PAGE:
4. Understand your network traffic. Both volume and quality of bandwidth directly affect VoIP. Ask your networking expert to explain which traffic is local to the LAN and which must travel over your Internet connection. Also, log what applications are on your network, such as Microsoft Office or your accounting software, as well as any critical virus or spam protection software. With this knowledge, examine your business functions and needs, as well as those of individual users, throughout the day. 

For example, are you primarily sending standard business e-mail? Do you copy very large documents and image files around the network? Do you need to transfer large documents outside your network that must go across your Internet connection?

Use this information to work with your networking resource to better understand your network traffic, select adequate bandwidth and reduce the possibility for latency, packet loss and jitter.

5. Use high-end PoE switches. With a VoIP phone system, phones should not be powered by a power strip under your desk. Instead, they should be powered centrally from the server room. As such, high-end Power over Ethernet (PoE) switches, backed up by a UPS battery, are required. These switches should also be designed for Quality of Service (Qos), which, as it pertains to voice, is a measure of the reliability, consistency and overall perceived audio quality of a call. Attempting to daisy-chain smaller, economy-priced switches from the server room will result in poor call quality.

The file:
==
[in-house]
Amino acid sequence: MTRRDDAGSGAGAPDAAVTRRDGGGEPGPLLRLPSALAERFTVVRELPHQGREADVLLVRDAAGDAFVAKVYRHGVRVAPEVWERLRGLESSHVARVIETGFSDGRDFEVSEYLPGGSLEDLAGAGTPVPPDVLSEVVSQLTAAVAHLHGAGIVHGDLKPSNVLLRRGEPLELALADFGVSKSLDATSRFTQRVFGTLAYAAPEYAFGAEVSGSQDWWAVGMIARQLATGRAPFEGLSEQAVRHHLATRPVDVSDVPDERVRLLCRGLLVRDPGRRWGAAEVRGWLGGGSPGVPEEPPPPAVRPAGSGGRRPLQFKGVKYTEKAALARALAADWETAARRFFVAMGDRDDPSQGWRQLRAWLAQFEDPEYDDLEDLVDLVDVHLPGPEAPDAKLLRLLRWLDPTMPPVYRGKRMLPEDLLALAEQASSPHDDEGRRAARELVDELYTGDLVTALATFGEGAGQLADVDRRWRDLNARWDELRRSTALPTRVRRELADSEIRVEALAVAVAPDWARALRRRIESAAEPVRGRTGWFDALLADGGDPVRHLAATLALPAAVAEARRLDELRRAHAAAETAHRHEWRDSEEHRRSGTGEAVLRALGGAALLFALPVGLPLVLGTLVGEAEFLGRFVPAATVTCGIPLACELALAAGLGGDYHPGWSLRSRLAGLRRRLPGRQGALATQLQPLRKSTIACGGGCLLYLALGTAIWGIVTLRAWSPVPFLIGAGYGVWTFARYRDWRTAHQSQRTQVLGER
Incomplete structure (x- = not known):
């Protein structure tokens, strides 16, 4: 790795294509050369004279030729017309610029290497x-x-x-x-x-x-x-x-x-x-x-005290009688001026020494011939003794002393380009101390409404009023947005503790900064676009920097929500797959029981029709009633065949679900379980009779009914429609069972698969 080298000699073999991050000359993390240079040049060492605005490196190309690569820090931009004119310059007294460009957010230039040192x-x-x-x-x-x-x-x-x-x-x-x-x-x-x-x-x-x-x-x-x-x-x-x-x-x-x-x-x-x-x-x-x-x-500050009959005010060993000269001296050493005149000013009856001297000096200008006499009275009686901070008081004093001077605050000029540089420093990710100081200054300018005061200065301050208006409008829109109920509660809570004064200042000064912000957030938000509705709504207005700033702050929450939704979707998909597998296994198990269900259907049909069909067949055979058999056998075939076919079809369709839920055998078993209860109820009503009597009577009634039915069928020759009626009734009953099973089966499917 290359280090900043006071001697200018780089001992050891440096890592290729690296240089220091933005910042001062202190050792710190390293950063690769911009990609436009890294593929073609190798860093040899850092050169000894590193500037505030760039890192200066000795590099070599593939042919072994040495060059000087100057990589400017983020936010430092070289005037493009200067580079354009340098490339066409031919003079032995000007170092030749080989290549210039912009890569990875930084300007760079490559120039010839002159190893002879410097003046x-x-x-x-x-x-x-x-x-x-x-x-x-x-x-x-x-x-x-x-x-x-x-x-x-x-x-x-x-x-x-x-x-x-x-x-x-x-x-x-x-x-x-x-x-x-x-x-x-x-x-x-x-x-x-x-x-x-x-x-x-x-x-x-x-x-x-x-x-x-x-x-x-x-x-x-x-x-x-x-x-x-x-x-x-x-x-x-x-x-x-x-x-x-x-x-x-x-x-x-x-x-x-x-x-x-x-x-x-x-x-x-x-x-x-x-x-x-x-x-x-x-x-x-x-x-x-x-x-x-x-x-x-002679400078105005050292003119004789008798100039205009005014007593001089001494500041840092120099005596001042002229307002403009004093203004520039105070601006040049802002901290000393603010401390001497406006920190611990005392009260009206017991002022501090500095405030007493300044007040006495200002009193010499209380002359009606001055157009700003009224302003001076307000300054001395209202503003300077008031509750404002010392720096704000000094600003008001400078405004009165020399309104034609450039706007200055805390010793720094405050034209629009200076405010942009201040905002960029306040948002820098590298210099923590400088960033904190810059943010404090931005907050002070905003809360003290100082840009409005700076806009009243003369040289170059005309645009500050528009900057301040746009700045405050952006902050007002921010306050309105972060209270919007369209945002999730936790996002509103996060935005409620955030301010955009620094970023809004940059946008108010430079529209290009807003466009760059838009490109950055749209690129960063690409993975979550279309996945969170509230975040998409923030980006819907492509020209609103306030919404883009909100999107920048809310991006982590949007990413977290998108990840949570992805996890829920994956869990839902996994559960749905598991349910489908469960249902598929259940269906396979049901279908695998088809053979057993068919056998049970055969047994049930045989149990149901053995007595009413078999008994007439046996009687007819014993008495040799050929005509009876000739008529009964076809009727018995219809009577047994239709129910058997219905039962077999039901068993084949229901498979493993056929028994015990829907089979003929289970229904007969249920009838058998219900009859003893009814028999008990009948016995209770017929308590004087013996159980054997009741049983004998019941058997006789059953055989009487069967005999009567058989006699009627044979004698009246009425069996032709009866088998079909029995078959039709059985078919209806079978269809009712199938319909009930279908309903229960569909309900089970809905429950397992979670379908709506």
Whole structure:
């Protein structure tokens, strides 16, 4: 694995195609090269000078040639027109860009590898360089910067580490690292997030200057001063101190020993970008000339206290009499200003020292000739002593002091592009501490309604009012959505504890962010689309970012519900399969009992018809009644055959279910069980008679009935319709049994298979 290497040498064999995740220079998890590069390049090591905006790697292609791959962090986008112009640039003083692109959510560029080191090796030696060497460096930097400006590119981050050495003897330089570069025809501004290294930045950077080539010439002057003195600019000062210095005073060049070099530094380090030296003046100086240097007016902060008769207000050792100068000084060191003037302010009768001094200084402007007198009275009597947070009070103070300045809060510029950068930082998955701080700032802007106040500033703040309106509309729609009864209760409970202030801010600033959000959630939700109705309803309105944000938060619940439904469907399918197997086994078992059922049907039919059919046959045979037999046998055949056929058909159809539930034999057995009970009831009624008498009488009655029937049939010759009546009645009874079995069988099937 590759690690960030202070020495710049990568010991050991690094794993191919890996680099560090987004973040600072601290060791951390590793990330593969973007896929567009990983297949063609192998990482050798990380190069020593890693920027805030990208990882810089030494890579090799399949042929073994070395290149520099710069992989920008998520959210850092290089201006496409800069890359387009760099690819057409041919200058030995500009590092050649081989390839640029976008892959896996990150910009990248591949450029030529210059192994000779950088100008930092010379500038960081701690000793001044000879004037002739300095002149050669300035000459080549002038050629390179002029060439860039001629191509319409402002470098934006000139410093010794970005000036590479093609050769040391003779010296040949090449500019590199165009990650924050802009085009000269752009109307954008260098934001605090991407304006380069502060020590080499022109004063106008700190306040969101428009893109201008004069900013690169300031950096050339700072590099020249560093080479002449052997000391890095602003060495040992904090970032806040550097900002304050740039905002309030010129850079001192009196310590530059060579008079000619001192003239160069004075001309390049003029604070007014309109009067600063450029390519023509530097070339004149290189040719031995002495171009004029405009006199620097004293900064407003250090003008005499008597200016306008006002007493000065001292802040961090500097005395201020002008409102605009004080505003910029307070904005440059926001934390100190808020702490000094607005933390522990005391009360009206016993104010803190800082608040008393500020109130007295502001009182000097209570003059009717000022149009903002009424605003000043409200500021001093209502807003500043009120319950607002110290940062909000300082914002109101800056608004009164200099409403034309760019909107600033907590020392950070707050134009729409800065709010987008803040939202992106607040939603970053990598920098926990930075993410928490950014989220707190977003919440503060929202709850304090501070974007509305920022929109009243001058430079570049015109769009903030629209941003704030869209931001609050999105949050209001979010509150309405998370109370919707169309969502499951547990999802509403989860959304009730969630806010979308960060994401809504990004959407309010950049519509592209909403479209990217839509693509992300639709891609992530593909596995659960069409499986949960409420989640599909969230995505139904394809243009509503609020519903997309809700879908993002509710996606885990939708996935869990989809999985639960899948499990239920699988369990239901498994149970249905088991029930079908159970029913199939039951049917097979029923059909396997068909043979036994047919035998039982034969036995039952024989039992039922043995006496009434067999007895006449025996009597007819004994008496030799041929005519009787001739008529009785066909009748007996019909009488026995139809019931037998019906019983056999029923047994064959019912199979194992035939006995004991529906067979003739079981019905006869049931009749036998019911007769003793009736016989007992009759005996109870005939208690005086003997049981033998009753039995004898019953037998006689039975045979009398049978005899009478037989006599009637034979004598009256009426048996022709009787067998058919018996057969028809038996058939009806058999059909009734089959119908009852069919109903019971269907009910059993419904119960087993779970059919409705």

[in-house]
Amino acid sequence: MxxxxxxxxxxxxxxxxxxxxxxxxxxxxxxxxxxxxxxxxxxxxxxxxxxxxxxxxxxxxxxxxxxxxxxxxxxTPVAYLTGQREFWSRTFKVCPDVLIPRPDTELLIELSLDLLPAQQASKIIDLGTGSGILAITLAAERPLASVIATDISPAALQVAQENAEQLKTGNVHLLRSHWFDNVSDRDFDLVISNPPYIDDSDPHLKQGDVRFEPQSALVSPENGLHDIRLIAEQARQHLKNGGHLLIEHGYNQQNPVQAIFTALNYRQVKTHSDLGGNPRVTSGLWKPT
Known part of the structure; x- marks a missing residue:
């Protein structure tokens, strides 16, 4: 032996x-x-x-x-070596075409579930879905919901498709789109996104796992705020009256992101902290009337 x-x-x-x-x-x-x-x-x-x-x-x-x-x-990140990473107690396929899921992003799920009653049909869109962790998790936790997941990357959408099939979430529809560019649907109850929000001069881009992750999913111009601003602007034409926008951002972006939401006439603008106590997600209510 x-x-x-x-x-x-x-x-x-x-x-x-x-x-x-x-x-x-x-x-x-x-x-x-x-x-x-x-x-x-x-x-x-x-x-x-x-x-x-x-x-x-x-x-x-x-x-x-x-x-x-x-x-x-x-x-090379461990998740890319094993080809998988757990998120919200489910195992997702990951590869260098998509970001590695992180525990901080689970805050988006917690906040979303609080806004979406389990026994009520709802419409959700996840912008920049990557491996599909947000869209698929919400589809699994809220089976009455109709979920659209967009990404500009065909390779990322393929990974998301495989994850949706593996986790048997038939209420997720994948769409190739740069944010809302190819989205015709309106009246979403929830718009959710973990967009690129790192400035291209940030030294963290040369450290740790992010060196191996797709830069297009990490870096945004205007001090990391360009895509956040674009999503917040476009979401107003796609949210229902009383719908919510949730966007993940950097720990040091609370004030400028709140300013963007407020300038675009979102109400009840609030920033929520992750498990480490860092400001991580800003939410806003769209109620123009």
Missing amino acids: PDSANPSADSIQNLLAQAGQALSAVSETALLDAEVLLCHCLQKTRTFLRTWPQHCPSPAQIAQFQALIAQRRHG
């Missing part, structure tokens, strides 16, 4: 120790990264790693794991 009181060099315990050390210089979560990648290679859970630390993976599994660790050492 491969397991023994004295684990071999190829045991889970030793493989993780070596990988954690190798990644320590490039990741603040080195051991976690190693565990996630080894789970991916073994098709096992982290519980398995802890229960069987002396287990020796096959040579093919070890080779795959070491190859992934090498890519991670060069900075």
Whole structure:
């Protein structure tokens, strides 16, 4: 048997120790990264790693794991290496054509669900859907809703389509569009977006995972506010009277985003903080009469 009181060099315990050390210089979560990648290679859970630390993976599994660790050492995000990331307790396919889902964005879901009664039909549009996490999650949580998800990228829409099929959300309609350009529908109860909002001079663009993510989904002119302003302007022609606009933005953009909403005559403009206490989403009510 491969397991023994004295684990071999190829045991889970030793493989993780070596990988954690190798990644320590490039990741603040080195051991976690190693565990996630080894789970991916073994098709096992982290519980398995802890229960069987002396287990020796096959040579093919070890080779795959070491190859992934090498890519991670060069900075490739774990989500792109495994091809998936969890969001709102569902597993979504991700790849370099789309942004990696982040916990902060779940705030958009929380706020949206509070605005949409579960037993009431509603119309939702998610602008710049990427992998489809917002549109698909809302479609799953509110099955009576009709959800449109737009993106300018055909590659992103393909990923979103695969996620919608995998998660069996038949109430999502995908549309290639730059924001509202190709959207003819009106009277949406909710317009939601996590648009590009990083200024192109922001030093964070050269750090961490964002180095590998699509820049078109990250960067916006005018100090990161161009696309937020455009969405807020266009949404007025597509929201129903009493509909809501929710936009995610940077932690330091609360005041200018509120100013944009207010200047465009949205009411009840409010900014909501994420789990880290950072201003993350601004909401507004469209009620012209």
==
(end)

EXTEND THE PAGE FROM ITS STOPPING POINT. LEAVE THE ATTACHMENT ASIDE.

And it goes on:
By following these VoIP rules of thumb, you have a better chance of setting up your VoIP network right the first time – once and done. You will also build a stronger foundation from which you, with the assistance of the networking professional you choose, can maintain a stable and secure VoIP network in the future. Having an expert to help you plan, implement and maintain your VoIP network will provide peace of mind and ease of daily operations.


End 2010 on a Positive Note with a Tax Break!

In September The Small Business Jobs and Credit Act of 2010 was signed into law, extending and increasing previous limits. Install a new phone system by Dec. 31, 2010, and you may be eligible to immediately write-off 50 percent of the cost of your new system, rather than depreciating it over several years.

Of course, you will need to consult with your tax advisor about the deductibility of any equipment prior to purchase.

In addition, the Act increases the Section 179 expense deduction to $500,000 (up from $250,000 in 2009) and increases the total amount of qualifying equipment purchased to $2 million (up from $800,000 in 2009). The new Section 179 expense deduction is in effect for tax years beginning in 2010 and 2011. The bonus depreciation extension hat had expired at the end of 2009 is now extended through Dec., 31 2010 and made retroactive to Jan. 1, 2010 by the act.

So why wait? Consult with your tax advisor today to determine if you are eligible to take advantage of The Small Business Jobs and Credit Act of 2010. If it is high time you get your communication house in order, contact Alternate Access to find out what our Voice over IP phone solutions can do for you. Get a triple benefit of increased functionality, lower ongoing communication costs and a tax break from Uncle Sam.* Make your holidays extra special this year!


* Consult with your tax advisor about the deductibility of any equipment prior to purchase.


Holiday Closings

Alternate Access will be closed during the winter holidays as follows:

Wednesday, November 24

Thursday, November 25

Friday, November 26

Friday, December 24

Friday, December 31


Learn More. Contact Alternate Access